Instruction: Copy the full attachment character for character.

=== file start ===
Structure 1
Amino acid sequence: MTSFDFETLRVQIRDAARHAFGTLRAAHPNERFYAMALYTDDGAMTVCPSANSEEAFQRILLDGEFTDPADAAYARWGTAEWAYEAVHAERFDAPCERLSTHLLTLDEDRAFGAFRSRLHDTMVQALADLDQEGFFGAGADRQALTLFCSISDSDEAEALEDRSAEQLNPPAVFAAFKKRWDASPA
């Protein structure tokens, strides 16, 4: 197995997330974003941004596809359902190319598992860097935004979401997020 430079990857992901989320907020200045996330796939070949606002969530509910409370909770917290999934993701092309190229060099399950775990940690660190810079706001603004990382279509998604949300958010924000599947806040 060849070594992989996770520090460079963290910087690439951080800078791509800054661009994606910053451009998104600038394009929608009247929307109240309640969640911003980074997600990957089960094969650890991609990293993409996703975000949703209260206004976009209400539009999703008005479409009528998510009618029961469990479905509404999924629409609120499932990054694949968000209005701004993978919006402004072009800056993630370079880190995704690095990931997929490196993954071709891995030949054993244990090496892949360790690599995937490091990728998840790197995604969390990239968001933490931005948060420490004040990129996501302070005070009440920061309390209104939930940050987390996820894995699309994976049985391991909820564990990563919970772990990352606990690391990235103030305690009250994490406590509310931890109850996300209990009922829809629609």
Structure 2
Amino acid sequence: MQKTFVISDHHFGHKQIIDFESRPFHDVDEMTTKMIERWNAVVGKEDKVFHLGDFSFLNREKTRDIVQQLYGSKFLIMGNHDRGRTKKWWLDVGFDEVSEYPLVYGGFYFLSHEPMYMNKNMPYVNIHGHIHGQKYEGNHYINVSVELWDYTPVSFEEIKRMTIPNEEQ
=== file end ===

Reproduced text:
Structure 1
Amino acid sequence: MTSFDFETLRVQIRDAARHAFGTLRAAHPNERFYAMALYTDDGAMTVCPSANSEEAFQRILLDGEFTDPADAAYARWGTAEWAYEAVHAERFDAPCERLSTHLLTLDEDRAFGAFRSRLHDTMVQALADLDQEGFFGAGADRQALTLFCSISDSDEAEALEDRSAEQLNPPAVFAAFKKRWDASPA
């Protein structure tokens, strides 16, 4: 197995997330974003941004596809359902190319598992860097935004979401997020 430079990857992901989320907020200045996330796939070949606002969530509910409370909770917290999934993701092309190229060099399950775990940690660190810079706001603004990382279509998604949300958010924000599947806040 060849070594992989996770520090460079963290910087690439951080800078791509800054661009994606910053451009998104600038394009929608009247929307109240309640969640911003980074997600990957089960094969650890991609990293993409996703975000949703209260206004976009209400539009999703008005479409009528998510009618029961469990479905509404999924629409609120499932990054694949968000209005701004993978919006402004072009800056993630370079880190995704690095990931997929490196993954071709891995030949054993244990090496892949360790690599995937490091990728998840790197995604969390990239968001933490931005948060420490004040990129996501302070005070009440920061309390209104939930940050987390996820894995699309994976049985391991909820564990990563919970772990990352606990690391990235103030305690009250994490406590509310931890109850996300209990009922829809629609």
Structure 2
Amino acid sequence: MQKTFVISDHHFGHKQIIDFESRPFHDVDEMTTKMIERWNAVVGKEDKVFHLGDFSFLNREKTRDIVQQLYGSKFLIMGNHDRGRTKKWWLDVGFDEVSEYPLVYGGFYFLSHEPMYMNKNMPYVNIHGHIHGQKYEGNHYINVSVELWDYTPVSFEEIKRMTIPNEEQ